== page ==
There’s a big problem, however. Despite being able to do fusion, it’s not commercially viable, possibly for decades. This isn’t going to save us from fossil fuels in time like renewable power can this decade. Fusing Hydrogen into Helium takes a lot of energy, a lot of technology, and the attempts are limited when they need to be continuous to work for a power plant that boils water for steam turbines.
“”It is a big scientific step,” says Ryan McBride, a nuclear engineer at the University of Michigan. But, McBride adds, that does not mean that NIF itself is producing power. For one thing, he says, the lasers require more than 300 megajoules worth of electricity to produce around 2 megajoules of ultraviolet laser light. In other words, even if the energy from the fusion reactions exceeds the energy from the lasers, it’s still only around one percent of the total energy used.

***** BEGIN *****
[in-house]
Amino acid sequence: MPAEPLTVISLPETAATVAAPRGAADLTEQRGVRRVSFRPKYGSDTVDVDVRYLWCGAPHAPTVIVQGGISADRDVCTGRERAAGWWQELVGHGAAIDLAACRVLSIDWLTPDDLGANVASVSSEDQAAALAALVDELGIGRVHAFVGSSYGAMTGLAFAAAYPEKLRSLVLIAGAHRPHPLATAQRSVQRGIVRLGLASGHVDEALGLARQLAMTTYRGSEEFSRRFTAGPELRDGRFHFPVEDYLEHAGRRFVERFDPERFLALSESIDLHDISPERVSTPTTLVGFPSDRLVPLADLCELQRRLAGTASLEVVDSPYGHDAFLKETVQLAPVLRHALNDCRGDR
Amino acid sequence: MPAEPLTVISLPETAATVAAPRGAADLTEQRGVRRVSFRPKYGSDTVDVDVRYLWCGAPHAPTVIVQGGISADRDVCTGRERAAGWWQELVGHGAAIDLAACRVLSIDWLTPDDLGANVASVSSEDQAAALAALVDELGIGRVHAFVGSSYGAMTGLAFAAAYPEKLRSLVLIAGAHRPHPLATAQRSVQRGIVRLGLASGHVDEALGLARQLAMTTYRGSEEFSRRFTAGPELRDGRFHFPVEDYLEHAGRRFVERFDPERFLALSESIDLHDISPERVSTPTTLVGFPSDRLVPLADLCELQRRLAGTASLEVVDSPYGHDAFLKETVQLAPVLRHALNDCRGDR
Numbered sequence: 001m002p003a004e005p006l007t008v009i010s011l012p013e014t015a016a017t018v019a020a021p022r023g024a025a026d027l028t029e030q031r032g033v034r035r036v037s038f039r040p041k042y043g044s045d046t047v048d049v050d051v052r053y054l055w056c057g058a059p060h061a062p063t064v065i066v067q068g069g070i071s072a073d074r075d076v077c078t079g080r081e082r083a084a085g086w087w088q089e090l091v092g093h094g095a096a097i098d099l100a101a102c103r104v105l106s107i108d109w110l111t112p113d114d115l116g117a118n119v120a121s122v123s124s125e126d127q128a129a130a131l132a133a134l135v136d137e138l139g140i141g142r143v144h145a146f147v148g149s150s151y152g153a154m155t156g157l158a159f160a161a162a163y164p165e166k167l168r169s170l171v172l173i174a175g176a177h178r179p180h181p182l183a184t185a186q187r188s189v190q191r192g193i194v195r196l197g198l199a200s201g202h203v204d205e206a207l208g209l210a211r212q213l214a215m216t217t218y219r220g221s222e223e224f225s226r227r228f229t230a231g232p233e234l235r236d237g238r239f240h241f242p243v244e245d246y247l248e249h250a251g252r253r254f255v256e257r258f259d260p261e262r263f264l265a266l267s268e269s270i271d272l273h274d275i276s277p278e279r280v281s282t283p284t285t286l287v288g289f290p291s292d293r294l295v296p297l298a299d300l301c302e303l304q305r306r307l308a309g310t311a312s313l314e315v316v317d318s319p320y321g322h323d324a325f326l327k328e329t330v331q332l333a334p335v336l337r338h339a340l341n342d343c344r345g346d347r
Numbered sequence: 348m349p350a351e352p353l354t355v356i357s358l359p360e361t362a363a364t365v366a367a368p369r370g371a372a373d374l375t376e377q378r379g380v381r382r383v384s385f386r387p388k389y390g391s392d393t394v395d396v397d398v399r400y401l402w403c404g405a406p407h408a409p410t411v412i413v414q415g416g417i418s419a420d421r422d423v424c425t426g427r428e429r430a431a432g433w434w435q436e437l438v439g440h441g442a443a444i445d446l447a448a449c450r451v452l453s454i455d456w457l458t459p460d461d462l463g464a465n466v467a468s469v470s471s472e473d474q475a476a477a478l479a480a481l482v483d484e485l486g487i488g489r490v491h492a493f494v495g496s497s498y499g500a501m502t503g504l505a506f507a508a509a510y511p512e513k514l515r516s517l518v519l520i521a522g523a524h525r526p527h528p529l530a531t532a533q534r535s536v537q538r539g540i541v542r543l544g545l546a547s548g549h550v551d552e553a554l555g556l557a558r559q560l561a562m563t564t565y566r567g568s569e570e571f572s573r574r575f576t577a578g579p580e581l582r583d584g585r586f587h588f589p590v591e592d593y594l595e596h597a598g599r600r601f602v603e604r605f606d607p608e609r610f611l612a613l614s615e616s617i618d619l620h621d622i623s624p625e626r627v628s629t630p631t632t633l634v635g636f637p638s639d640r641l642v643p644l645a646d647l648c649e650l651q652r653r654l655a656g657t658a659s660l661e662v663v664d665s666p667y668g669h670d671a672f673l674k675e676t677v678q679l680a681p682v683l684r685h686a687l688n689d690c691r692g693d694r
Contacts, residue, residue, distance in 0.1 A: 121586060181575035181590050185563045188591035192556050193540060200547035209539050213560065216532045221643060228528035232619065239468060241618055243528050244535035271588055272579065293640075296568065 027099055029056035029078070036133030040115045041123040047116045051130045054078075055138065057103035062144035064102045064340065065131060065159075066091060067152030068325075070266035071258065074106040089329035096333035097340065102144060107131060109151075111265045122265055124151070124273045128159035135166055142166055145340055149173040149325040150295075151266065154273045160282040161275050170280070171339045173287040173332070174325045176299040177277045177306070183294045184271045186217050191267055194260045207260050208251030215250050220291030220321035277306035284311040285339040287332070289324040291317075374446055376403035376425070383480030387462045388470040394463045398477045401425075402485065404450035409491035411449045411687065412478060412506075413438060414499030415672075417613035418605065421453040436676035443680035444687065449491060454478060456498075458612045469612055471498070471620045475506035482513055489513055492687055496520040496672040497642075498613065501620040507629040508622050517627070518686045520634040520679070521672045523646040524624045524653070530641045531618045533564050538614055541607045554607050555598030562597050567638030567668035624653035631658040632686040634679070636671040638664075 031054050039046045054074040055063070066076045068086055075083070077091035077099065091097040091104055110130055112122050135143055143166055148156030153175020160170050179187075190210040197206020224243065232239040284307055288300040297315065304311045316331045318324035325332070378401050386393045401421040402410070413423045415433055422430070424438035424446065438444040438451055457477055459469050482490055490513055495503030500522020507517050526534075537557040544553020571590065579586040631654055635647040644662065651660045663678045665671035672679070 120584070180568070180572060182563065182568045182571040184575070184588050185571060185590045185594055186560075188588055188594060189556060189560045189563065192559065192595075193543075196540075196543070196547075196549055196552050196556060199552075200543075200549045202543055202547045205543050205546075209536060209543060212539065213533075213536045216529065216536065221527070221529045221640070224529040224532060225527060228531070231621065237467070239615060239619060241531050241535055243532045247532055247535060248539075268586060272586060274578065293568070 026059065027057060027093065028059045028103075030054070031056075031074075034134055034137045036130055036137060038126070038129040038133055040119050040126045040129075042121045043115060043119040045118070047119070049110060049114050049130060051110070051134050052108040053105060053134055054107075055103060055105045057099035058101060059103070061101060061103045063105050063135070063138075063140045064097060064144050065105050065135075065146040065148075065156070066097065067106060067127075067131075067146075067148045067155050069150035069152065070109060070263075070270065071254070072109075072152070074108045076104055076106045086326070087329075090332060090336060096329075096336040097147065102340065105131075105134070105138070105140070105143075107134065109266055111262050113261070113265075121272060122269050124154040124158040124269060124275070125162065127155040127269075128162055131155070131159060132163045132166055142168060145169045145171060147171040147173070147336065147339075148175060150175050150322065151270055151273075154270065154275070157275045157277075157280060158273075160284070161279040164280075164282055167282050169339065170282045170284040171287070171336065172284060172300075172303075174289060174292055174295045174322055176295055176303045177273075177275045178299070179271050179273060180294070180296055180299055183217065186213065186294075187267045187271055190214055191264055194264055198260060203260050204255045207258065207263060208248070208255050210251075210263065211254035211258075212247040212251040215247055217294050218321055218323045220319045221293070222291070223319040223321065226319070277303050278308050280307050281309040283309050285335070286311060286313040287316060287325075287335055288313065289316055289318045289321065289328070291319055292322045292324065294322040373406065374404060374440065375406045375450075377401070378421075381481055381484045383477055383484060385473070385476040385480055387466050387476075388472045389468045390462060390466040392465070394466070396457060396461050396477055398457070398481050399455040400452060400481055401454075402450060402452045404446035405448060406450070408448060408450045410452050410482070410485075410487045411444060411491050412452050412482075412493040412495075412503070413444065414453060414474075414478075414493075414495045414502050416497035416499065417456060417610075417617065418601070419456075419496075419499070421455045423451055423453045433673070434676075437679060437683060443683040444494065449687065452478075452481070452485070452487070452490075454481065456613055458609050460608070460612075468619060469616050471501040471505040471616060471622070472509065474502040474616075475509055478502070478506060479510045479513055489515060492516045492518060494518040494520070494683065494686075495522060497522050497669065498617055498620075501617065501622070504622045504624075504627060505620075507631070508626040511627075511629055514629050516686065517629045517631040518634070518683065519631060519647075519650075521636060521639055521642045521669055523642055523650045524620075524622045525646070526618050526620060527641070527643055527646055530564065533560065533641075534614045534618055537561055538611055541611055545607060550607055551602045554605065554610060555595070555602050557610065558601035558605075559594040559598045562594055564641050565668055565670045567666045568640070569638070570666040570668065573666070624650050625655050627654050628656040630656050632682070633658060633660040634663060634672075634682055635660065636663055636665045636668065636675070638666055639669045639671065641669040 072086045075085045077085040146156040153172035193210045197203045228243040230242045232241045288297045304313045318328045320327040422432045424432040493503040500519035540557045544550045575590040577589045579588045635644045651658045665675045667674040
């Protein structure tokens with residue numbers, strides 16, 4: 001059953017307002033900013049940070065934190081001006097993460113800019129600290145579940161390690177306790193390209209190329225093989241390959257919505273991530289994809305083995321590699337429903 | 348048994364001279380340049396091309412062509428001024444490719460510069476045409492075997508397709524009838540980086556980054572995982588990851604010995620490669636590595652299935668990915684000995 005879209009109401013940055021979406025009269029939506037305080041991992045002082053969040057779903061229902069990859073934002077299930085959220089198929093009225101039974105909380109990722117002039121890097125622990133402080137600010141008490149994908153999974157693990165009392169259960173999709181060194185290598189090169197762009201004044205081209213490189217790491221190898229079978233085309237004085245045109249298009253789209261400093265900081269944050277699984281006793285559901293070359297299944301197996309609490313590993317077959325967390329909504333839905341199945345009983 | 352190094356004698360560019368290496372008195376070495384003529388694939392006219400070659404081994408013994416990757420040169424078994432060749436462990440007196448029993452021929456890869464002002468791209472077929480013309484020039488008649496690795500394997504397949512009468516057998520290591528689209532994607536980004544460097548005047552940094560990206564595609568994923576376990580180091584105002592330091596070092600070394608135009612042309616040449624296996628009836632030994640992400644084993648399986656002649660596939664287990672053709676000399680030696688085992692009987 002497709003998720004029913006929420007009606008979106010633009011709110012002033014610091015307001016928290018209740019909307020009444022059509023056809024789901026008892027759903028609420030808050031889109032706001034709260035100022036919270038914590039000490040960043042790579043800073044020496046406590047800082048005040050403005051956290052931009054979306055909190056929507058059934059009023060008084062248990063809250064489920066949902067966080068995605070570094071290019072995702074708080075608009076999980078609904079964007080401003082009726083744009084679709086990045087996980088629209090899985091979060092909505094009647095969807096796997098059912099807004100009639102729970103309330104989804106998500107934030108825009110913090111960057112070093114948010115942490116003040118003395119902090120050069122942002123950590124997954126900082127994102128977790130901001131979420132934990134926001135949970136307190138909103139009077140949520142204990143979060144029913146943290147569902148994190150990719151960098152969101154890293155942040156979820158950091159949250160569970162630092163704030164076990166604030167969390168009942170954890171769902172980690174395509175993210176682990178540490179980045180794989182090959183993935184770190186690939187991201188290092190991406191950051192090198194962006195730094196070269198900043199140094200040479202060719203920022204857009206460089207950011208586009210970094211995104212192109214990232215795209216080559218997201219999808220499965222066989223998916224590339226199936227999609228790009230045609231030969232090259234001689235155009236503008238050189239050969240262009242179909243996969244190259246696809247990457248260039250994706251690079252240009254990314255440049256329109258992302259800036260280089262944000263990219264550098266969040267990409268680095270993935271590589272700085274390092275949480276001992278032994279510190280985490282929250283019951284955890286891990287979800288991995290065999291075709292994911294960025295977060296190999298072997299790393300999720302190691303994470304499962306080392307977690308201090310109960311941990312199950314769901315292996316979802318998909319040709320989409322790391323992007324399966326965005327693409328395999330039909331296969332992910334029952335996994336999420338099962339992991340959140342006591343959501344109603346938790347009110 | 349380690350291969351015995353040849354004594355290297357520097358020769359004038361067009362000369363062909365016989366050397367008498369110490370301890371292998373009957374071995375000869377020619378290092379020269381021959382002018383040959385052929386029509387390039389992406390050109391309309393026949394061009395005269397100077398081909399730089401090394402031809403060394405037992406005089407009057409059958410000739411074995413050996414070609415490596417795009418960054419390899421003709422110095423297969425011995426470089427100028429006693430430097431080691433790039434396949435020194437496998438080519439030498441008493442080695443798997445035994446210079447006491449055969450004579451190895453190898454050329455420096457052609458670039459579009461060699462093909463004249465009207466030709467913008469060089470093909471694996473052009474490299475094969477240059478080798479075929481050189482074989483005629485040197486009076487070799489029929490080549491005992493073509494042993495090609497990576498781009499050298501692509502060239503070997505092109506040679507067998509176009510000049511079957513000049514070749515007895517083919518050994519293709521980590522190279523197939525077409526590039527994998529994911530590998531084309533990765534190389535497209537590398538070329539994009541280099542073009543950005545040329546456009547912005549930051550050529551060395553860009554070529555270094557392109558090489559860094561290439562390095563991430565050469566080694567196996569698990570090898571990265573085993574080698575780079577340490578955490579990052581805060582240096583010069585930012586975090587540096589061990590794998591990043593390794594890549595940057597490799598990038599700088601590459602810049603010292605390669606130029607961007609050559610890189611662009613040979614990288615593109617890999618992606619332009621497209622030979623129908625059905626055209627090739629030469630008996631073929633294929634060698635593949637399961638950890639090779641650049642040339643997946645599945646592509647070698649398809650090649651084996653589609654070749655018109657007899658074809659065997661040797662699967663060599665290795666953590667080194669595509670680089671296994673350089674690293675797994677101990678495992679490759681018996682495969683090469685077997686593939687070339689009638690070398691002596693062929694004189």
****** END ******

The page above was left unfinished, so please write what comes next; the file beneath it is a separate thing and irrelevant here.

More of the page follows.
Moreover, it would take many capsules exploding over and over to produce enough energy to feed the power grid. “You’d have to do this many, many times a second,” McBride says. NIF can currently do around one laser “shot” a week.”
“It’s not very easy to see how you scale this into a power reactor quickly,” he says.
By then most climate experts believe the world will have to have already made drastic cuts to carbon emissions to avoid the worst effects of climate change. To limit warming to 2.7 degrees Fahrenheit by the end of the century, the world must nearly halve its carbon output by 2030 — a far shorter timescale than what’s needed to develop fusion.
Betti agrees that the timeline to building a fusion plant is “definitely decades”. But, he adds, that could change. “There’s always a possibility of breakthrough,” he says. And the new NIF results could help spur that breakthrough forward. “You’re going to get more people to look into this form of fusion, to see whether we can turn it into an energy-making system.””